Scientists have now studied something as mundane as animals' yawn. Surprisingly, they found out that the duration of an animals' yawn is linked to the physiognomy of the animal's brain.
It seems like animals' yawn is not related to how bored they have been at that moment in time. Researchers who studied the different yawns of 29 mammals, including a turtle, polar bear, snake, iguana and humans, discovered that the longer or shorter the yawn depends on underlying neurological differences.
The research indicates that the motor action pattern in yawning promotes a certain function. It confirms the long-held hypothesis that yawning enhances the arousal of brain cortex and changes the state of the brain through enhanced intracranial circulation and brain cooling.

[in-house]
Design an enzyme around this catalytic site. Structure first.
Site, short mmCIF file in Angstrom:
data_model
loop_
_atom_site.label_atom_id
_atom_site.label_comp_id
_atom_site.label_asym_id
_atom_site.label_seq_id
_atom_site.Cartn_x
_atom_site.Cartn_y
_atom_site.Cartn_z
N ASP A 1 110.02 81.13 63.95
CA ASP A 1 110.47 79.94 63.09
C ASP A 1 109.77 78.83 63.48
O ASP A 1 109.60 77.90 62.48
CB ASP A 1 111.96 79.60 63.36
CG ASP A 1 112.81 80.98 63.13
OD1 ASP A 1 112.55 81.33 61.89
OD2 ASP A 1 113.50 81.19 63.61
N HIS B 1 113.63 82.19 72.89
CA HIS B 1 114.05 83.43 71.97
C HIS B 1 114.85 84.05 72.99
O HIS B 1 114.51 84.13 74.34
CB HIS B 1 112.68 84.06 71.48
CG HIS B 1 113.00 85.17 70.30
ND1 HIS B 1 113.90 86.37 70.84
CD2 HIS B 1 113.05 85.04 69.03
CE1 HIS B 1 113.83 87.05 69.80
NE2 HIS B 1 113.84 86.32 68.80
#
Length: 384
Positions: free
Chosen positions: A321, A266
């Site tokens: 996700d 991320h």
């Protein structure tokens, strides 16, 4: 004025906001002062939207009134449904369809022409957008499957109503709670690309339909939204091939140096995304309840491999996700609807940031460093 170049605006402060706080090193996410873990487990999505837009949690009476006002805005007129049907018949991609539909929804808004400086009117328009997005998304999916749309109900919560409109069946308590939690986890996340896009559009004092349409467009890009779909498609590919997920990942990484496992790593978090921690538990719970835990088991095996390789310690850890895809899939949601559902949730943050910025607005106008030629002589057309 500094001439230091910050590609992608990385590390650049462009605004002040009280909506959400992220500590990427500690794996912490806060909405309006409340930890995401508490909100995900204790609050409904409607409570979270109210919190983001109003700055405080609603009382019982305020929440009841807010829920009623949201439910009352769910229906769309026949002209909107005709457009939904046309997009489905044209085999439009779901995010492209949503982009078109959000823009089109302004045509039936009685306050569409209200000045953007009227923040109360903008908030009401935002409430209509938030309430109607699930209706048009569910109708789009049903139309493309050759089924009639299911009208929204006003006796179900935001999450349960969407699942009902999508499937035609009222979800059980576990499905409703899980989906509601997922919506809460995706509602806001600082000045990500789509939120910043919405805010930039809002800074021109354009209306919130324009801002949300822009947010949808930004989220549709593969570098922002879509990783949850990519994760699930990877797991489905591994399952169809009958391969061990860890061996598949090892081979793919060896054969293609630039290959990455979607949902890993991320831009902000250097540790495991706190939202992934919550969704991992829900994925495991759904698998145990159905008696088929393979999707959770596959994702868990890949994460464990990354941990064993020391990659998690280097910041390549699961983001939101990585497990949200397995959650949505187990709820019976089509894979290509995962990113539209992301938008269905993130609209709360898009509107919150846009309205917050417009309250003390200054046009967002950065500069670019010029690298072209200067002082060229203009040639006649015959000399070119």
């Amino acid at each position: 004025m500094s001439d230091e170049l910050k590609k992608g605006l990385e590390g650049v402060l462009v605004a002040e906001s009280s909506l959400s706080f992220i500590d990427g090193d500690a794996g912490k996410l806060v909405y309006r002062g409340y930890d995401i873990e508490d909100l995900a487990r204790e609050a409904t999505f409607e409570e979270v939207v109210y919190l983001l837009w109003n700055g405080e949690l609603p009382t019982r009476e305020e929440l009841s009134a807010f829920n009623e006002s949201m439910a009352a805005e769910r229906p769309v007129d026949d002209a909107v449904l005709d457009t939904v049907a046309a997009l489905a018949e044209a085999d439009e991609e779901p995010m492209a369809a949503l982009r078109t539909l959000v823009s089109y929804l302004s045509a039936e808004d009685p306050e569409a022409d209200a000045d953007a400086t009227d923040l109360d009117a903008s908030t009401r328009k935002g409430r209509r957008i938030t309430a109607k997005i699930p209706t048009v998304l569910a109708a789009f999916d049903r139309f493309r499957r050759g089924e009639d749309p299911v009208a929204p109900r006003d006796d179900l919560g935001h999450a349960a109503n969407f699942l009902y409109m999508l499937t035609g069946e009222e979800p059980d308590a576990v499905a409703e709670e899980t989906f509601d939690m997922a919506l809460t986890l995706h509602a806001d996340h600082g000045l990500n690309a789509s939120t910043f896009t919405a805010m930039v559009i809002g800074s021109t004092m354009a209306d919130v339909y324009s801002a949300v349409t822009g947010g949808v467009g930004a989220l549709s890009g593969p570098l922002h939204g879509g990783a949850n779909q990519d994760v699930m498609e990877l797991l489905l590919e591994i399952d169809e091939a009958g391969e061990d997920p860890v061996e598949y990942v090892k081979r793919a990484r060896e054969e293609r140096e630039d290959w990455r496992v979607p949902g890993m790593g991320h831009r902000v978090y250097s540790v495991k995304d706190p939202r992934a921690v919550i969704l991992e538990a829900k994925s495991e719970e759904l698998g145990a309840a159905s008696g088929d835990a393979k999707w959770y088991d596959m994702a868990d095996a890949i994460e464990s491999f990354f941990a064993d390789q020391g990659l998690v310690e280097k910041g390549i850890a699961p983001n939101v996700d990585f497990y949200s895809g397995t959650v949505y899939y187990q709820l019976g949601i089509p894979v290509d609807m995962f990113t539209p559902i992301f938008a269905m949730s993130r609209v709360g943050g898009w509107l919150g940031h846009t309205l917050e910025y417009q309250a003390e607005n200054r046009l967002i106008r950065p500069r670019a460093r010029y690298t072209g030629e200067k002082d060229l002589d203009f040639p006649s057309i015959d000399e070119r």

The openly accessible data used by the researchers interrelate the contrasting yawn duration to mammalian brain weight and cortical neuron number (ρ
-values > 0.9). The number of neurons in the mammal's brain cortex is a robust predictor of the standard variability of the animal's yawn duration.
An article in Science
explains the pattern and draws conclusion from it. It states that small-brained animals with fewer neurons in the wrinkly outer layer of the brain, called the cortex, had shorter yawns than large-brained animals with more cortical neurons.
The report showed that primates tend to yawn at a rate of 6 seconds average which is a rate longer than other non-primates and humans. Tiny brained animals like mice for instance holds yawn that is in a shorter rate of 1.5 seconds.
So next time you watch an animal yawn, think about how much weight and how big its brain is.